Anorak | Six British soldiers killed in Afghanistan: what the papers say

Six British soldiers killed in Afghanistan: what the papers say

by | 8th, March 2012

THE deaths of six British soldiers in Afghanistan dominates the news. The  soldiers, five from 3rd Battalion the Yorkshire Regiment and one from 1st Battalion The Duke of Lancaster’s Regiment, died when their  Warrior MICV fighting vehicle struck an improvised explosive device in southern Afghanistan. The dead had only been in Afghanistan a short time two weeks. Since 2001, 404 Britons have died in Afghanistan.

Also, 1,874 UK military and civilian personnel have been admitted to UK field hospitals and classified as wounded in action. Of these, 269 were categorised as “very seriously injured” from all causes excluding disease.

Tom Coglan writes in the Times:

The improvised explosive device has emerged as the defining weapon of the first decade of the 21st century. In the words of one US commander in Afghanistan: “It is not a fact of IEDs on the battlefield, the IEDs are the battlefield.”

Sixteen thousand roadside bombs were laid in Afghanistan last year. In 2009 the figure was 9,300. Even the largest vehicles deployed by Western armies, such as the Warrior, have struggled to defend themselves against bombs that are growing in strength.

Times leader:

Each died for a reason. In the House of Commons yesterday, David Cameron described these sacrifices as “the human cost paid by our Armed Forces to keep our country safe”. This was no patriotic hyperbole. British forces along with their Isaf and Nato allies were deployed to Afghanistan in the wake of the 2001 attacks on the World Trade Centre in New York to deny al-Qaeda a safe haven from which to plan further assaults in Britain and elsewhere.

This, they have done. Al-Qaeda still exists, but the organisation is no longer what it was. Fragmented, incoherent and with a vastly decreased influence, it fights now mainly for survival. Nato estimates that fewer than 100 foreign militants remain in the country.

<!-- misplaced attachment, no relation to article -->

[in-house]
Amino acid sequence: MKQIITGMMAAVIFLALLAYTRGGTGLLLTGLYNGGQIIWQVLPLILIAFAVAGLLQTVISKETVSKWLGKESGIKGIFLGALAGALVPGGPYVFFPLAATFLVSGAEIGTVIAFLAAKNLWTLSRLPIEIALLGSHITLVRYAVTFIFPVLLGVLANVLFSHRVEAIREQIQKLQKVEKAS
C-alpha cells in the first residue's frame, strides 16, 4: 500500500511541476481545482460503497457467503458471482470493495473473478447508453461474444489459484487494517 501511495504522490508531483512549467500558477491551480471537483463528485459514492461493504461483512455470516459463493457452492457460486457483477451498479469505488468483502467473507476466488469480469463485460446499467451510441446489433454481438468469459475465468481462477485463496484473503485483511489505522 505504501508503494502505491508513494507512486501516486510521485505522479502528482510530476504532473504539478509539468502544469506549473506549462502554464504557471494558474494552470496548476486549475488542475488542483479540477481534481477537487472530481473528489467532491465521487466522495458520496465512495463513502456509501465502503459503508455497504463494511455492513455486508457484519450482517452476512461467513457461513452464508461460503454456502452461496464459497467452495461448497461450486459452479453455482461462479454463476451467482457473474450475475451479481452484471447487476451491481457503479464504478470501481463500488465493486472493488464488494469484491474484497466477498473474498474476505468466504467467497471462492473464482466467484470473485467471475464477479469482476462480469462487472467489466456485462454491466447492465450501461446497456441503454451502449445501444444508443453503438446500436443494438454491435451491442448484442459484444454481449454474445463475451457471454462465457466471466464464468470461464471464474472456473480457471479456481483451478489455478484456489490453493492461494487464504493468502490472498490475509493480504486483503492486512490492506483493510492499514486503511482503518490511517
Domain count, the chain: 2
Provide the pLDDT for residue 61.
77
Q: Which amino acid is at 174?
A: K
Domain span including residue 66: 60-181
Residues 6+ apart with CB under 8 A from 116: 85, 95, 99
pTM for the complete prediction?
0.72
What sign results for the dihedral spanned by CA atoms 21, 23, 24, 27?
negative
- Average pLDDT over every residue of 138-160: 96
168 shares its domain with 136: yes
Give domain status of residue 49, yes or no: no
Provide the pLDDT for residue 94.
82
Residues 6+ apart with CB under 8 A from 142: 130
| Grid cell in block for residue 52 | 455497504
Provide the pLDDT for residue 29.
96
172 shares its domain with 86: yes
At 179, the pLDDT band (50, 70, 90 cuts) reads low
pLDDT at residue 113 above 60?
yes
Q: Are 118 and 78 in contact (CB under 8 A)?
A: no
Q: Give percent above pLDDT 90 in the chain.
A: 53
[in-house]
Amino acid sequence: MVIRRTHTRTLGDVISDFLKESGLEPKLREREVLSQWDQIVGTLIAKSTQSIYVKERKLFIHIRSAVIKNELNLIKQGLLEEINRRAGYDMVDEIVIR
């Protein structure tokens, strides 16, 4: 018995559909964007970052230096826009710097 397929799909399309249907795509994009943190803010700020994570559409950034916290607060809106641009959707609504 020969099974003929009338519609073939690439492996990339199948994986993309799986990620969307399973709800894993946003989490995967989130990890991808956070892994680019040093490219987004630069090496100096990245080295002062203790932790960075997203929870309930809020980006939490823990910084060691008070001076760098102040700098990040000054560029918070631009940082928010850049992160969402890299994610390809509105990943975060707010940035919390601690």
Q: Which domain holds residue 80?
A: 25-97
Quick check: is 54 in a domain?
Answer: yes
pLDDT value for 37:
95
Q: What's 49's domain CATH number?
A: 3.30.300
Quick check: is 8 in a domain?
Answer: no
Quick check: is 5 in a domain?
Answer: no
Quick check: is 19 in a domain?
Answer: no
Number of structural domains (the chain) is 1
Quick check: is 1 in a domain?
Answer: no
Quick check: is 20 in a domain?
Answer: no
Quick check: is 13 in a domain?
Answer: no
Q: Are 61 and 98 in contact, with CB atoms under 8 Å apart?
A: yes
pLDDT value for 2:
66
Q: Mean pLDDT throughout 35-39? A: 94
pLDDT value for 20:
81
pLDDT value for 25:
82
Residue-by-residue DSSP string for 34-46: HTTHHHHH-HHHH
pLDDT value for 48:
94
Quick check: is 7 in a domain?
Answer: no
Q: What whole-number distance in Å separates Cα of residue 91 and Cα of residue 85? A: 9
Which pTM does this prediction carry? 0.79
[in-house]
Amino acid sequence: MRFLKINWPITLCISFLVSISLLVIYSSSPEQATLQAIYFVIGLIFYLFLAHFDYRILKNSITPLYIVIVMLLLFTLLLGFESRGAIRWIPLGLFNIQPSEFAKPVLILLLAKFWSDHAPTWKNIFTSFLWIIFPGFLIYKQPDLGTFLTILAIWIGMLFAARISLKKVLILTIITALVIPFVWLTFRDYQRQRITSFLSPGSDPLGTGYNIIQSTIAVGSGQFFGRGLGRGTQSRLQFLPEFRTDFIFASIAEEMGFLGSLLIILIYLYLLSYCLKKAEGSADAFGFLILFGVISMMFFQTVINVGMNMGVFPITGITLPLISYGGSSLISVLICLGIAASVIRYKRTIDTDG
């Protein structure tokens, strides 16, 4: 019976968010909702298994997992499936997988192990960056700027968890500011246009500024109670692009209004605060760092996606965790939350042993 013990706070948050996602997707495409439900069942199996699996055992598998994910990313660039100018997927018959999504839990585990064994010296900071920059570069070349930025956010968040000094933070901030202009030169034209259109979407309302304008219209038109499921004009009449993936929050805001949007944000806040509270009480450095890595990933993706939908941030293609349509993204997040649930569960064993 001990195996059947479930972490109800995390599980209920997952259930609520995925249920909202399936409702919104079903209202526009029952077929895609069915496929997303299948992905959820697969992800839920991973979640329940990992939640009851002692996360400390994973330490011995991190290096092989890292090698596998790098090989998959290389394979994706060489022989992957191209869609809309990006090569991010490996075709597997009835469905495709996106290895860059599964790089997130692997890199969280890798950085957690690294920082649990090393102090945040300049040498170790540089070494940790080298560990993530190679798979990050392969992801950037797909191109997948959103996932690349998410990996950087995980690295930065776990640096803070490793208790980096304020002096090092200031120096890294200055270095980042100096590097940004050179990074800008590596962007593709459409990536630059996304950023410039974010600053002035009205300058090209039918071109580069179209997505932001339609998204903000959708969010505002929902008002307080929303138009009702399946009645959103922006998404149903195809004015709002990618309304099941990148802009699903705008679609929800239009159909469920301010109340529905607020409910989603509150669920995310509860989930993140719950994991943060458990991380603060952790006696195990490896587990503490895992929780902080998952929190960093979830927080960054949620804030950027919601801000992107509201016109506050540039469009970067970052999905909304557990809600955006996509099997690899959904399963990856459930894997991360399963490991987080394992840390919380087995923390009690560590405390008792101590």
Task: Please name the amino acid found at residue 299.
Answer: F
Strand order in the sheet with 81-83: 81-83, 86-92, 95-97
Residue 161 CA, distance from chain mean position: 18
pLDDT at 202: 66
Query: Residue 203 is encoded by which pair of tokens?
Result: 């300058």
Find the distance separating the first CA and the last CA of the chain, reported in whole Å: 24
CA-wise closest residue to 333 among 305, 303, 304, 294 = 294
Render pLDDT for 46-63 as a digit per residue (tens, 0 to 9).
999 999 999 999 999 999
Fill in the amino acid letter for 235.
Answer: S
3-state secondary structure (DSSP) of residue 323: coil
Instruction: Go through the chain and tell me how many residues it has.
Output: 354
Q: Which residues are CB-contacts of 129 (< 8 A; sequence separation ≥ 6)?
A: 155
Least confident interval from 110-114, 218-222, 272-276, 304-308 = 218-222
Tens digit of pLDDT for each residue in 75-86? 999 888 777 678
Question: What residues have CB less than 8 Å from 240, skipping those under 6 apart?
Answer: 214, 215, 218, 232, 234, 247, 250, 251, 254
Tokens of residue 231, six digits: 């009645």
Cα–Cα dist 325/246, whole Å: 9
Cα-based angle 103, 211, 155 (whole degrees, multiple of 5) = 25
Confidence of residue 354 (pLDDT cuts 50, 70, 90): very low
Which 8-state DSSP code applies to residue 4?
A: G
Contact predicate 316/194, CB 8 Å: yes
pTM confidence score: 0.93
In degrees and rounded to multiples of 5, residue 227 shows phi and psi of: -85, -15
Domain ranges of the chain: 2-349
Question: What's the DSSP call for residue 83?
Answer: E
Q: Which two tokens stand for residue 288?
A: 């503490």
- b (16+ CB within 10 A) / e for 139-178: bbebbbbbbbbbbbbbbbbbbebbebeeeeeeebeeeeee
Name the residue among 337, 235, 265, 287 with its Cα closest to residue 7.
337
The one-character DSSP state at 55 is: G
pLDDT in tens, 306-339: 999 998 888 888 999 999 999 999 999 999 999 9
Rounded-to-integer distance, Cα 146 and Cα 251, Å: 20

Deborah Haynes, Times  Defence Editor, tells the story:
Darkness was falling as two armoured vehicles rumbled over the dusty plain that runs beside a main highway in southern Afghanistan.

It was a routine patrol on the eastern edge of Helmand province which had crossed into neighbouring Kandahar. But for the soldiers on board the Warrior fighting vehicles, the terrain was still new they had arrived in Afghanistan only two weeks earlier.

Suddenly a blast cut through the night. A huge bomb buried in the sand tore through the body of the lead Warrior, ripping open the underbelly and igniting a deadly fire. Boxes of bullets and other ammunition started to explode, adding to the carnage. The six men on board five from 3rd Battalion the Yorkshire Regiment and one from 1st Battalion The Duke of Lancaster’s Regiment did not stand a chance.

The intensity of the blaze meant that the troops in the second Warrior were unable to mount a rescue or even retrieve bodies from the flames.

Richard North looks at The Warrior:

Thus, there is nothing really new about the Taliban capability and although there are suggestions that this current incident will make it essential to introduce new and expensive countermeasures to protect the remaining fleet, there is very little that can be done to the Warriors to enhance their protection.

The weapon of choice, the Ammonium Nitrate Fuel Oil (AFNO) bomb, is a formidable instrument, but it is very old technology and has been used for many years by the Taliban. At weights of up to 250Kg, used in culverts, it can have  devastating results .

As to countermeasures, rather than armour, surveillance and patrolling are the main countermeasures . Certainly, there is only a limited amount that can be done in the way of adding armour protection to a design which is not optimised for mine/IED protection.

Much more could have been done in the past, but with troops scheduled to depart by 2014, there is little more

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Posted: 8th, March 2012 | In: News Comment (1) | Follow the Comments on our RSS feed: RSS 2.0 | TrackBack | Permalink

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  • June


    It surprises me that a celeb dies of their lifestyle choices and the media is flooded with ‘respects’
    Six healthy young men are killed on a tour of duty and not a sodding word